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Stuntman-turned-director delivers a gorgeously shot and choreographed action film. By Beth Accomando. The third chapter in the John Wick saga arrives this week and ramps up the action to new heights. Wick, played once again by Keanu Reeves, continues to face the consequences for his violent ram of revenge over the killing of his puppy two films ago.
As a dog lover I felt he was totally justified. Wick was described in the first film as a kind of boogeyman who can take someone out with a pencil and can execute a hit with the most lethal efficiency and just disappear. The first film racked up an outrageous of kills in breathtaking fashion then Stahelski upped the ante in "Chapter 2. Granted in this latest outing, he is showing more wear and tear.
While I have enjoyed these sequels, neither one compares to the original in terms of elegant simplicity. So many action films fail to realize that you only need the barest minimum of a plot in order to set the action in motion. The film was off and running on its escalating violence and delivered the perfect adrenaline fix for an action junkie like myself. So I do miss the minimalism of that first film but Stahelski has kept my admiration by raising the bar with each film in terms of the action he delivers onscreen.
We live in a world where we witness real and horrific violence on an almost daily basis. I feel like seeing one of the Wick films is more likely to inspire someone to want to become a stuntman or take up martial arts than to want to become a lethal assassin. These films are really at heart about the art and craft of screen stunts and action. That means writers, cinematographers, editors and cast are all involved from square one in terms of planning, rehearsing and executing scenes involving action.
Stahelski has a complete understanding of the dynamics of screen action plus an appreciation of film masters like Orson Welles and film theory such as mise-en-scene. So his films incorporate not just a jaw-dropping sense of innovation in terms of the action but also work to create a visual style that complements the action and is aesthetically pleasing.
This also means working closely with his star Reeves in not just creating the character of Wick but in creating action that the star can credibly execute. Stahelski and Reeves are both clear in pointing out that while Reeves trains with impressive ferocity to prepare for these films what he does onscreen is action and stunt doubles are the ones doing the stunts.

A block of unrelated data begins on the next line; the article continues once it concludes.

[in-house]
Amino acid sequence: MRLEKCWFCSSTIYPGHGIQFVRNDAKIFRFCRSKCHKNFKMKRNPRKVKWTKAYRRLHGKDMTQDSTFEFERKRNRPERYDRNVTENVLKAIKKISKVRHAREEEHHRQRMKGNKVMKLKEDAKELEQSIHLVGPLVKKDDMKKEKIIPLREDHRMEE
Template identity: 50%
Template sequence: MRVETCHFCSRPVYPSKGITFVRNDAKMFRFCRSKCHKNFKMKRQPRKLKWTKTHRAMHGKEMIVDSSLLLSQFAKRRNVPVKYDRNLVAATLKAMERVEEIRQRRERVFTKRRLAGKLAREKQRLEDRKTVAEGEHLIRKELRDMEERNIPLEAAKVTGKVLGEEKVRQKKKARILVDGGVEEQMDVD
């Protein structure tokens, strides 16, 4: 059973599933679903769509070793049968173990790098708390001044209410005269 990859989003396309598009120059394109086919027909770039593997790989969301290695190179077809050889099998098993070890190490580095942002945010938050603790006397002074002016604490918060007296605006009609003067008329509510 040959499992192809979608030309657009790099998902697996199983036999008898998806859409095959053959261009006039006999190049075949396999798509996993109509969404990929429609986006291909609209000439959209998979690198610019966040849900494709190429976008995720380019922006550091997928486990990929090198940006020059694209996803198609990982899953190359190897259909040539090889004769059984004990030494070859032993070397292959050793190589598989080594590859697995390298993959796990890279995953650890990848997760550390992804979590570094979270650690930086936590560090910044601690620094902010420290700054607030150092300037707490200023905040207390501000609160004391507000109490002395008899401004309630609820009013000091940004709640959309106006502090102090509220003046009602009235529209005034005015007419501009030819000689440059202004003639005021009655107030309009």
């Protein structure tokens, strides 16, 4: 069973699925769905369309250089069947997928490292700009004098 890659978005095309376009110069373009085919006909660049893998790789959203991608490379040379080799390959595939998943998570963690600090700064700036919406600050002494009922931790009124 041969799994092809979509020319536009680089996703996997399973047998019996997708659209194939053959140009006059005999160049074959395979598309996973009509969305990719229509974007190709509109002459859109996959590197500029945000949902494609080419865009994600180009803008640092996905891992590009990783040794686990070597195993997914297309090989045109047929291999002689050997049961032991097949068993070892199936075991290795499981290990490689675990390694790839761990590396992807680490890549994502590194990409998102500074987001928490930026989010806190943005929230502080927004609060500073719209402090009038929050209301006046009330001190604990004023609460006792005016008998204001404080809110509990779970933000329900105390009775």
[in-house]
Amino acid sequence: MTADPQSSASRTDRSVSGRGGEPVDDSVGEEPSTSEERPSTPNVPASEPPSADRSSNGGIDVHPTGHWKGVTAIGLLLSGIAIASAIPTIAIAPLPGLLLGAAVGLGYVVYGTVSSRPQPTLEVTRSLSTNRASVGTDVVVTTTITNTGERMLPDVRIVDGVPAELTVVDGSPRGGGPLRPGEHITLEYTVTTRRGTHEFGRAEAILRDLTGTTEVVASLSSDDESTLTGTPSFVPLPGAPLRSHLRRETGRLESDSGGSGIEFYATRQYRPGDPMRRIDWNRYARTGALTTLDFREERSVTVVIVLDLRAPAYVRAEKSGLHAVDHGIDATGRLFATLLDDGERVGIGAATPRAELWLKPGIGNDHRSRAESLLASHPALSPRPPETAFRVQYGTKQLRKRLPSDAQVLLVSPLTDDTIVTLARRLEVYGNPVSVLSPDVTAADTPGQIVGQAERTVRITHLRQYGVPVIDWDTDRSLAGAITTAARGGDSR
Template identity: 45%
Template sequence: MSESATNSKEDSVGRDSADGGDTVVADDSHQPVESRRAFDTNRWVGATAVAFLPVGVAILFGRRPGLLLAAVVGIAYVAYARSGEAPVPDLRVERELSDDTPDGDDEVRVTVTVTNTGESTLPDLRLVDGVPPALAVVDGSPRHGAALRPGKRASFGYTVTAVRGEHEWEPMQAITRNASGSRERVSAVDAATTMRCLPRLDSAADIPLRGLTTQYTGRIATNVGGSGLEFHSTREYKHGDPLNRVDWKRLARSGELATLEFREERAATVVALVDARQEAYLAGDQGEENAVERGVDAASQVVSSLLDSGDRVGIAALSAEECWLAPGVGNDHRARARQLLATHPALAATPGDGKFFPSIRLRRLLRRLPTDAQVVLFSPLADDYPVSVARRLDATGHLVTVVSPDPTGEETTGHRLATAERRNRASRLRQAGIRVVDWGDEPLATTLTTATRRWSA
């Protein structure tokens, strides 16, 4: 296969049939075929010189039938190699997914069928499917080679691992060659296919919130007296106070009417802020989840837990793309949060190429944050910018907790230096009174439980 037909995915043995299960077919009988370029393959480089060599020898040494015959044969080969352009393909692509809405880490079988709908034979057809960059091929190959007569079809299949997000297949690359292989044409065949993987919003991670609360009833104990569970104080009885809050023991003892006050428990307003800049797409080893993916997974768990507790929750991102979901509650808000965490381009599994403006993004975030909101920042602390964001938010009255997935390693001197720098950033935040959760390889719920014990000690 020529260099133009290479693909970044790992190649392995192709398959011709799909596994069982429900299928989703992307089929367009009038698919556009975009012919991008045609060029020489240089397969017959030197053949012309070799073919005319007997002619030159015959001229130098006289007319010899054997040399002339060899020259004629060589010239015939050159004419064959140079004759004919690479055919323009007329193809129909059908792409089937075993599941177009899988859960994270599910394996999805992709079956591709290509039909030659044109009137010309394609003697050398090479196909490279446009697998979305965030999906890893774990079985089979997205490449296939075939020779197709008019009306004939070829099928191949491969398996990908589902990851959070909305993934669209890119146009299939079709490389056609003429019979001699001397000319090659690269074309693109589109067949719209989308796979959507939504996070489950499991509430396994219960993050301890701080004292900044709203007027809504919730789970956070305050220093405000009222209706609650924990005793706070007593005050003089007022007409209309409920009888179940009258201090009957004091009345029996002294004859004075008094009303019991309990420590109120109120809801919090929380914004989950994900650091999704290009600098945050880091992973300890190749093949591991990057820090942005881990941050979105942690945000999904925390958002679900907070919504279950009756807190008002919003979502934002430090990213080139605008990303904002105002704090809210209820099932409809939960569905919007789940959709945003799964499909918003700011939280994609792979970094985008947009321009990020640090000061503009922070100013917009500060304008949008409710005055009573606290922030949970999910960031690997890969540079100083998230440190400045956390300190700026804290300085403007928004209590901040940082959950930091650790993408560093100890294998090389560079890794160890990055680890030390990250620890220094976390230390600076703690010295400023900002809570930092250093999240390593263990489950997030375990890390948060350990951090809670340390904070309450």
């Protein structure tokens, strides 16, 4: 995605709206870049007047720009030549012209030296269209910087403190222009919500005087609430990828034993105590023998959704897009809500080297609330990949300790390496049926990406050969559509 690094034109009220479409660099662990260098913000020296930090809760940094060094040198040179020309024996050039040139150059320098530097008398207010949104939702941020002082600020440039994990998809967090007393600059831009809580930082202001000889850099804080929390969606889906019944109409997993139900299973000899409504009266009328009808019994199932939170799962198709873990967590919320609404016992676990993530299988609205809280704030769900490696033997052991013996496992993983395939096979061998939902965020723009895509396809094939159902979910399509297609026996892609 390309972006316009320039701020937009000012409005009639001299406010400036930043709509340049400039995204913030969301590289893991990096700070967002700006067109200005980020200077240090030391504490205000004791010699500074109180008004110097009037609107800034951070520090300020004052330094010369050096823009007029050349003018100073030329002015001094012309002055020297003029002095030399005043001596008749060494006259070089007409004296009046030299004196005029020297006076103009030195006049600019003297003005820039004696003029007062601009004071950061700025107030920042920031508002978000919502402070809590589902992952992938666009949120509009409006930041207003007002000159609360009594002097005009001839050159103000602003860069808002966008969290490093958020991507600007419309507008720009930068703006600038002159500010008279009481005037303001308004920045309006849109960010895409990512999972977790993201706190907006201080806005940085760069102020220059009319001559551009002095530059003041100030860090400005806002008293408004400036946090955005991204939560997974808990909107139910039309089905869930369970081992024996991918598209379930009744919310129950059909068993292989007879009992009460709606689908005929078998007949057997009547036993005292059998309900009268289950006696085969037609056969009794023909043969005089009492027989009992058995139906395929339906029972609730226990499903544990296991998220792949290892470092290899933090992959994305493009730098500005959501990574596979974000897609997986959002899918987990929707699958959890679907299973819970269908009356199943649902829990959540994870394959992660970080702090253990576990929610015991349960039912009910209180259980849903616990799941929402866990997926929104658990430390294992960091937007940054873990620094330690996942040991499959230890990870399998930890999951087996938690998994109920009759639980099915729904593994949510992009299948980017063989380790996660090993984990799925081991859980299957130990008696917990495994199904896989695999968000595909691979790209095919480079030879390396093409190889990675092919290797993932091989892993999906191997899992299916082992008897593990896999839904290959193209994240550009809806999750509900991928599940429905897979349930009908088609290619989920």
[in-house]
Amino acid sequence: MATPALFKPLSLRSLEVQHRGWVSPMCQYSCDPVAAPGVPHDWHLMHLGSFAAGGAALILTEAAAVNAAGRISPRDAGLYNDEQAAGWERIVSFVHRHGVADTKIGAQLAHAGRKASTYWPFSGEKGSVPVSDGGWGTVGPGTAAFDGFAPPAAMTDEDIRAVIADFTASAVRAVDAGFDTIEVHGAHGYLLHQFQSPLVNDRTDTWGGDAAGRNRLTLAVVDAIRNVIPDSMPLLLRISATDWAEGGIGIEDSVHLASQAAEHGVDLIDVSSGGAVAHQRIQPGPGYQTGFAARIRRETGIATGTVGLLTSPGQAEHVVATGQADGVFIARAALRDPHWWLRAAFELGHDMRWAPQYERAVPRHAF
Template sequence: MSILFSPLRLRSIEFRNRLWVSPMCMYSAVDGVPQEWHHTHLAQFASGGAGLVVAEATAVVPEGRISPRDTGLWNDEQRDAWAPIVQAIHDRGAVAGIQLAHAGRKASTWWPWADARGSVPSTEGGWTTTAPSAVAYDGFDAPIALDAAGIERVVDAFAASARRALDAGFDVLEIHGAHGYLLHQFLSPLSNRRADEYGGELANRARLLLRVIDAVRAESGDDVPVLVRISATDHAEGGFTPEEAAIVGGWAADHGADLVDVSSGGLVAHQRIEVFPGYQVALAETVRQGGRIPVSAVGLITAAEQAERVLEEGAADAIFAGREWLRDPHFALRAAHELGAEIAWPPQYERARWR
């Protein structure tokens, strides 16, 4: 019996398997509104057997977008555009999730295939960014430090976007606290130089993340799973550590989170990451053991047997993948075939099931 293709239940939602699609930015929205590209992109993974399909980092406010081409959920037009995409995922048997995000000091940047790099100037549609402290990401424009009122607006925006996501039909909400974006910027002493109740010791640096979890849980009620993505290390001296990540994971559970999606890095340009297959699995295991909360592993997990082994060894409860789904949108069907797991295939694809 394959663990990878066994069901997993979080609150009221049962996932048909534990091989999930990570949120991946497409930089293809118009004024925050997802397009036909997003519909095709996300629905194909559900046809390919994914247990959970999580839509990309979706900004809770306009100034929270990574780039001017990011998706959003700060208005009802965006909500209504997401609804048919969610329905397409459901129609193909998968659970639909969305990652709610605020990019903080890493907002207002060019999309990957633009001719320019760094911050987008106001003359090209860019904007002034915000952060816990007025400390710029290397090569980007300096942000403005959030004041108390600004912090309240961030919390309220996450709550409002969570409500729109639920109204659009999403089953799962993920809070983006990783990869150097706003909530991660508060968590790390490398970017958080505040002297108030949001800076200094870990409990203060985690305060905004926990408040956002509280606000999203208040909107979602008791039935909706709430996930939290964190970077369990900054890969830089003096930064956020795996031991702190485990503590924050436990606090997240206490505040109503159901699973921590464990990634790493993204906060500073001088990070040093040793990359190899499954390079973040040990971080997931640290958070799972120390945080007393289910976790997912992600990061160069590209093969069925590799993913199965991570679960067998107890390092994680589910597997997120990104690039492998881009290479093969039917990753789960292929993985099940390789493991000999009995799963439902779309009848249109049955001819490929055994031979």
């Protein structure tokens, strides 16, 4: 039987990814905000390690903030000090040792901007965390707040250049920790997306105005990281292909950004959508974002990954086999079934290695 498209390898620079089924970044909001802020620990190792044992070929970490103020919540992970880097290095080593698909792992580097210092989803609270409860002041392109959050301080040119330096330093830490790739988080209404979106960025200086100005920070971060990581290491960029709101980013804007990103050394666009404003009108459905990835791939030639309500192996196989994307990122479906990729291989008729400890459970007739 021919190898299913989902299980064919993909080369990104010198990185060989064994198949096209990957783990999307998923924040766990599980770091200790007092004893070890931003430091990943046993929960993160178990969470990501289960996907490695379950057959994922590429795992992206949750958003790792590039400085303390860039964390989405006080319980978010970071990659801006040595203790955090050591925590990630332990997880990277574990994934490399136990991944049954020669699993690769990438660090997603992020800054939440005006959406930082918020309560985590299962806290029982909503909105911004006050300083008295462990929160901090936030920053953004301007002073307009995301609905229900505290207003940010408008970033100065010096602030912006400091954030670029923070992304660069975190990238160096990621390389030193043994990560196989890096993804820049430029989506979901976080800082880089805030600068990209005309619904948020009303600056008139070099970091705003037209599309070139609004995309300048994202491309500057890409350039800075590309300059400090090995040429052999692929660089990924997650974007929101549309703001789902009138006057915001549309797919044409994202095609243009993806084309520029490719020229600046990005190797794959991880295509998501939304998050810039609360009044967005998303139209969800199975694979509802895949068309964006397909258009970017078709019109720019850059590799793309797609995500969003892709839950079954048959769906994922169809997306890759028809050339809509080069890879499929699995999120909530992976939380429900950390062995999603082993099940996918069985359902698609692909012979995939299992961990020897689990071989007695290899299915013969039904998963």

The two draw a clear line between stunts and action in order to make sure that those hardworking stunt people get the credit they are due. That being said, Reeves does a lot of amazing action from martial arts to tactical gun work to riding horses and motorcycles. This guy is intense despite his laid back, nice guy persona. The speed of the action leaves you breathless and I emphasize it is the speed of the action itself not the cutting or any frenetic camerawork.
Like those silent clowns and Asian action films, Stahelski often uses long wide takes to allow us to appreciate the action and the fact that it is often Reeves executing the moves. Fast cuts are what films do to hide bad action or to show that they have no understanding of how to depict it onscreen.
In "Chapter 3" the action involves a lot more group attacks on Wick, which includes much more rapid-fire interaction and a lot more pain. But my acceptance of her as a retired hit woman is aided immensely by the fact her character comes with two of the most stunning action dogs to ever hit the screen. Those dogs are fierce.
Dacascos is great and seems to take absolute delight in the role and in being able to partake in great combat scenes. So it would have been cool if instead of casting Hollywood star Berry the director had turned to someone like Michelle Yeoh, Cynthia Rothrock or Zoe Bell, an actress with genuine action skills. It just would have been more fun. But Berry proves acceptable in the role and apparently trained hard for it.
The two of them have an exhausting, extended battle with Wick that will leave you gasping. Did I already confess to being a dog person?
In that capacity he can be great. And by the looks of this films ending, there might be a way to resurrect him for at least one more film. My only complaint has to do with some narrative flaws. So I am fine with people falling off of buildings and surviving or walking through a hail of bullets without a scratch. But there is a point in the story where Wick does something so out of character and so not in keeping with the memory of his beloved wife that it almost derailed the whole film for me.
Fortunately the film corrected itself but I wish it had conceived of a smarter way to keep the plot going than to have Wick abandon his own core values. Stahelski and company make you will feel the impact of every blow and experience the exhaustion Wick feels at the relentless onslaught of attackers. Think of it like a musical where the s are flawlessly rendered but the scenes in between could use a little more polish or depth.
There is something about action well done on screen that is so intoxicating that there is no other drug quite like it. Film is meant to depict motion. If you love the motion of motion pictures, then this film is for you.
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Search Input Field. Thursday, May 16, By Beth Accomando. Become a KPBS sponsor today! Latest on kpbs.Laid back down to Wick with the program
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John Wick: Chapter 3 – Parabellum ()